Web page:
protein rice packages for consumers with kidney disease.

But even with this winning combination, Kameda like most other
Japanese food producers has been facing one harsh reality -- the
decline of the population of local consumers. So, like many other
mid-sized Japanese companies, they have decided that they need to
expand overseas. Luckily when they first came to this conclusion the
high yen ensured that they could get large, low-cost loans to fund
their foreign adventures. They were conservative at the beginning.
However, once they met Mary and her co-founder of MGC, husband Dale
Rodrigues, they decided that they had found a likely target.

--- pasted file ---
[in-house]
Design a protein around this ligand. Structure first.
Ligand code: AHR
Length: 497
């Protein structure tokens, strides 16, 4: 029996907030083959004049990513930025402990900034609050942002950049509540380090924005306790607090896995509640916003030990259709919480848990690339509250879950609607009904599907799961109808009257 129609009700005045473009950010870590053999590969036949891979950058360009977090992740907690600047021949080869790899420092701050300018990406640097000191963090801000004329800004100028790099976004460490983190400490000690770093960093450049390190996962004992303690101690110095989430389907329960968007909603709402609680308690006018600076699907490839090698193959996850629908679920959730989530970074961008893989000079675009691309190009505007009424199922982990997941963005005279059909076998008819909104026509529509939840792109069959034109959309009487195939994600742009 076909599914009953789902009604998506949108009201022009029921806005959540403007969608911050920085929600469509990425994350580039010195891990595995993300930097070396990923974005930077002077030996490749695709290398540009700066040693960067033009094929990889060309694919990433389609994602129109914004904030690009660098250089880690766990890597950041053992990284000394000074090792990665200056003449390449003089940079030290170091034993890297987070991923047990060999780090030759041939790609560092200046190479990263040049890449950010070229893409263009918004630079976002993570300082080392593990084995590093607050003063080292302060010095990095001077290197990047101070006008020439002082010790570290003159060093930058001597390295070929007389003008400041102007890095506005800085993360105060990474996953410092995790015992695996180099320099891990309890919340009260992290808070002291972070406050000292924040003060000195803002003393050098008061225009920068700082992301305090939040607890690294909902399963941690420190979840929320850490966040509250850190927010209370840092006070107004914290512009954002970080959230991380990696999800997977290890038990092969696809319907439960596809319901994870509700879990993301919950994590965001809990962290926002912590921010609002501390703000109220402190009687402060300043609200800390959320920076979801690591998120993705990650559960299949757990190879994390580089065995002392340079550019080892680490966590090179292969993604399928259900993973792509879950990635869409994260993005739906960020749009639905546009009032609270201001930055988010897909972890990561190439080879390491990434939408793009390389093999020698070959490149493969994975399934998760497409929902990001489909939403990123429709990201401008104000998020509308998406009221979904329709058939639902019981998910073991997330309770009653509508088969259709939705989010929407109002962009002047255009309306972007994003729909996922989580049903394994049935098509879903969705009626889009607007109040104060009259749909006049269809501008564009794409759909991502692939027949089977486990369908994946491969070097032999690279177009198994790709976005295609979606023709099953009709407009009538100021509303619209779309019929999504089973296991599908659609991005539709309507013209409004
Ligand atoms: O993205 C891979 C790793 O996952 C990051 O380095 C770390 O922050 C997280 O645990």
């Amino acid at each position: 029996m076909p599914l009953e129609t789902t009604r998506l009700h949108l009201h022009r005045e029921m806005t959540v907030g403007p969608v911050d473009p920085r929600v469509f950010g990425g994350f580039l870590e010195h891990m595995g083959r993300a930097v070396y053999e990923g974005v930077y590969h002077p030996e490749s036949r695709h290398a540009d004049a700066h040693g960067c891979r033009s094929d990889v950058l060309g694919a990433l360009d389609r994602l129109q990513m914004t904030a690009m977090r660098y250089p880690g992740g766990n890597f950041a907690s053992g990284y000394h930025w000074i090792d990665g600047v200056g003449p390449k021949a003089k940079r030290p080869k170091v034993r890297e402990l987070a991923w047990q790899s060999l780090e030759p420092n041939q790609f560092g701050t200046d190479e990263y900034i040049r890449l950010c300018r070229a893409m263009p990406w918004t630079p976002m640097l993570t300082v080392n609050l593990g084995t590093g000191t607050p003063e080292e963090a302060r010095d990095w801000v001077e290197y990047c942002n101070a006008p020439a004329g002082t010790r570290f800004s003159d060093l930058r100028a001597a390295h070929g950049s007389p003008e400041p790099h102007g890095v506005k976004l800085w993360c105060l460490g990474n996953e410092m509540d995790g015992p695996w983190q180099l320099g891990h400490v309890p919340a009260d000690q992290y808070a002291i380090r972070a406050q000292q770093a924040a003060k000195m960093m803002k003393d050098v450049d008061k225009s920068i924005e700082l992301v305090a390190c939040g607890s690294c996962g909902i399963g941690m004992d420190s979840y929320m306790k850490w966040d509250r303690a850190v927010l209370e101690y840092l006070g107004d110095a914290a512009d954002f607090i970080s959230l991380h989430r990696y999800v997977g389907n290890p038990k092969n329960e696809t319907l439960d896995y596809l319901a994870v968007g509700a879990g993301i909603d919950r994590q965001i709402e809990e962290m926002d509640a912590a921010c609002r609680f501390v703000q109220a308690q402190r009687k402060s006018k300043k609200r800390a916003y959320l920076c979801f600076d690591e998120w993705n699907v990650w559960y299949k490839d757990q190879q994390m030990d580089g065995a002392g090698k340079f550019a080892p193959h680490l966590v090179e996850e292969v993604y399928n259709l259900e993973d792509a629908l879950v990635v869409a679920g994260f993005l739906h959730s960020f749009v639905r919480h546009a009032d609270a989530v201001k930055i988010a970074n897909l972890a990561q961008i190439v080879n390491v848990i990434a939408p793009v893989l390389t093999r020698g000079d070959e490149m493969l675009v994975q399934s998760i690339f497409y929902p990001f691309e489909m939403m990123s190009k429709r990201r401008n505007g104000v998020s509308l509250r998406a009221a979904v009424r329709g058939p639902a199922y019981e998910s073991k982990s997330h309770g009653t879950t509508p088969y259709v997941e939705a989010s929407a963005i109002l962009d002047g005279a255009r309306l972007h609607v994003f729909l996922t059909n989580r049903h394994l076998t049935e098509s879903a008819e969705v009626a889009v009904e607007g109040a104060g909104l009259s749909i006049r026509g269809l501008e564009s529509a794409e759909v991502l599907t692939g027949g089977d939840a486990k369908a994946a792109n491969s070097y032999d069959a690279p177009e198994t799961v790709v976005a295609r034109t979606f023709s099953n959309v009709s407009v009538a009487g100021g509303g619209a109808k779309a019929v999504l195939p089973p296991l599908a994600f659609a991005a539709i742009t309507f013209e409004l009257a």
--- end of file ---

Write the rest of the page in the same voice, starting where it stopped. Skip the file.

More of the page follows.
The rest is history, and in March 2013, Kameda bought out MGC for
around JPY2.4bn. At the time we looked at the deal and the background
to the company, and we were disturbed by the seemingly cavalier
approach by the founders to operations basics. This comment isn't
intended to detract from the quality of their contributions to the
company -- such as coming up with a non-gluten product and making it
highly appealing, but, the operations were an obvious problem, as
evidenced by Immigration Department raids on illegal workers who were
helped with documentation by the company itself, and by exploding

Kameda for some reason were in a hurry to get a deal done, Due
Diligence was glossed over, and today Kameda is now the proud owner of
an iconic brand in a strongly growing market -- that of gluten-free
and natural snacks, but which also came with a lot of unexpected
baggage. As a result, the new acquisition has become a multi-million
dollar drag on the parent company and it's clear that something needs
to be done about it, quickly.